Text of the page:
You’ve Never Seen Anything Like The Santa Rita Mine In New Mexico That Swallowed An Entire Town

The town of Santa Rita was once about 15 miles down the road from Silver City. Originally, it was nothing save a fort with a church. Once additional buildings were constructed around the complex, the community became known as Santa Rita del Cobre. In the first half of the 20th century, the population of this town surged to 6,000 people. Today it’s gone. Swallowed up by this massive copper mine in New Mexico. Where once there was a town, now there’s only the gaping maw of an open-pit copper mine.

You’ll find the mine referred to as the Santa Rita Mine, the Santa Rita del Cobre Mine, and also the Chino Mine. This one hole in the ground has more monikers than a character in a Russian novel. Thankfully, the new owners (Freeport-McMoRan) that bought the mine in 2007 didn’t feel obliged to slap their name on it as well. However, they did reopen the mine in 2011.

Today, holes in the fencing allow you to take unobstructed photographs of the pit. Informational plaques at the pull off provide details about the mine.

This video provides an aerial perspective of the mine today. It’s a sight like no other. See for yourself.

Even in 1927, the scale of this mine was daunting yet impressive. In the vintage video below, footage of the mine begins at 1:38 minutes.

Had you ever heard this fascinating story about New Mexico? After you have stopped to view this giant mining pit, consider exploring more of the state’s history by visiting some of New Mexico’s mining towns.

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Address: Chino Mine, NM 88041, USA
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Massive Copper Mine In New Mexico

April 23, 2020

What are the most well known mines in New Mexico?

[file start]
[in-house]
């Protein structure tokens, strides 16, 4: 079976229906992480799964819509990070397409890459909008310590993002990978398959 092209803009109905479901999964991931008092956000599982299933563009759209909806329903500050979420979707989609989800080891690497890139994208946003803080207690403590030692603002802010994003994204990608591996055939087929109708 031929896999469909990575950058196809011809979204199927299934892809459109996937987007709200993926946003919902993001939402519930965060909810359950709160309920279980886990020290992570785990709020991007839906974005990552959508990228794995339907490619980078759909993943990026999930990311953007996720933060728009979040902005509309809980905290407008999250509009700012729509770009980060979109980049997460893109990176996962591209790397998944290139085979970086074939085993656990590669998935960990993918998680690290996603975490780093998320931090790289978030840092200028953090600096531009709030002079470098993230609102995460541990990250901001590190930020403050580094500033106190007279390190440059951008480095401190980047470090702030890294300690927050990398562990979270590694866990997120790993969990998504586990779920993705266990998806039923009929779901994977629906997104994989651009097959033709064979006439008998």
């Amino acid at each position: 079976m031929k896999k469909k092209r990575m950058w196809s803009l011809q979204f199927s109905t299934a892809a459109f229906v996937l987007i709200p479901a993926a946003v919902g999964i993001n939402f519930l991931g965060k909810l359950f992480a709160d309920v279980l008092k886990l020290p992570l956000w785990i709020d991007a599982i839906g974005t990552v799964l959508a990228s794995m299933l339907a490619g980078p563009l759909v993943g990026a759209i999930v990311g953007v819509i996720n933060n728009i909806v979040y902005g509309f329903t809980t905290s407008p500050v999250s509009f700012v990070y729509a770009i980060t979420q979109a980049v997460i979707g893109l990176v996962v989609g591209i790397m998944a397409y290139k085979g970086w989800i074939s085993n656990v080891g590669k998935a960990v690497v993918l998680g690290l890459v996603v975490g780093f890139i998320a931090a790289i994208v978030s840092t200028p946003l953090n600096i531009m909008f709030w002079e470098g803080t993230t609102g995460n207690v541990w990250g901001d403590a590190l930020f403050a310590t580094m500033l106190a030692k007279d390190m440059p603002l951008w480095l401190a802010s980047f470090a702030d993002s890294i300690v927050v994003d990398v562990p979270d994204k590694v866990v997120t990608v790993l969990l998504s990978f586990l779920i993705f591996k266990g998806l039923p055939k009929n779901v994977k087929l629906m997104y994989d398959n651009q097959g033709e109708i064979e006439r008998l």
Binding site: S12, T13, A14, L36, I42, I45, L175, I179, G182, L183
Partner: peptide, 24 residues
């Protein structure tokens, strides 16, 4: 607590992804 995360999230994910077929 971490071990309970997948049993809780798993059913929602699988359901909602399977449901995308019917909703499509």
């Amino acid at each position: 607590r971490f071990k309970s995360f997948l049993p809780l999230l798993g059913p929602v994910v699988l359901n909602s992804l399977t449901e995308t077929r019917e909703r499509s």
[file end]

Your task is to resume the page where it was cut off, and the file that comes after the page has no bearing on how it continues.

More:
Mining in New Mexico has been prevalent throughout the state's history. From the rush of the prospectors in the 19th century to the prominent mines and quarries of today, there is no denying that mining has played an important role in New Mexico. Today, people often think of the state's famous turquoise mines. Turquoise is well-loved in the state and often considered one of the state's main symbols. You can even take a turquoise trail to follow the history and significance of the mineral. Its beauty and historical significance make it a well-known part of mining in New Mexico today.

What are the oldest mines in New Mexico?

Mining has occurred through pretty much all of the history of New Mexico. The Chino Mine is the third oldest, still active open-pit copper mine in the entire world. It was founded in 1910, but there is evidence of mining in the area from long before that. For example, in Madrid, NM, there is evidence of historic mining from the 1850s. That area is the oldest coal mining area in the entire state. Some of the mines are still active, many - especially those that formed during the gold or silver rushes - have long since closed. Check out these photos of abandoned mines in New Mexico to see some.

What is New Mexico known for?

Along with mining, there are many other aspects of New Mexico that define the state. The copper and turquoise are just a couple of symbols of the Land of Enchantment. Others include things like having the best chile in the world, beautiful pueblos, a vast and deep history, stunning landscapes, and so much more. People tend to think of UFOs when they think of New Mexico, thanks to places like Roswell. There are famous photographs taken of the state's popular hot air balloon festivals as they drift over the beautiful scenery.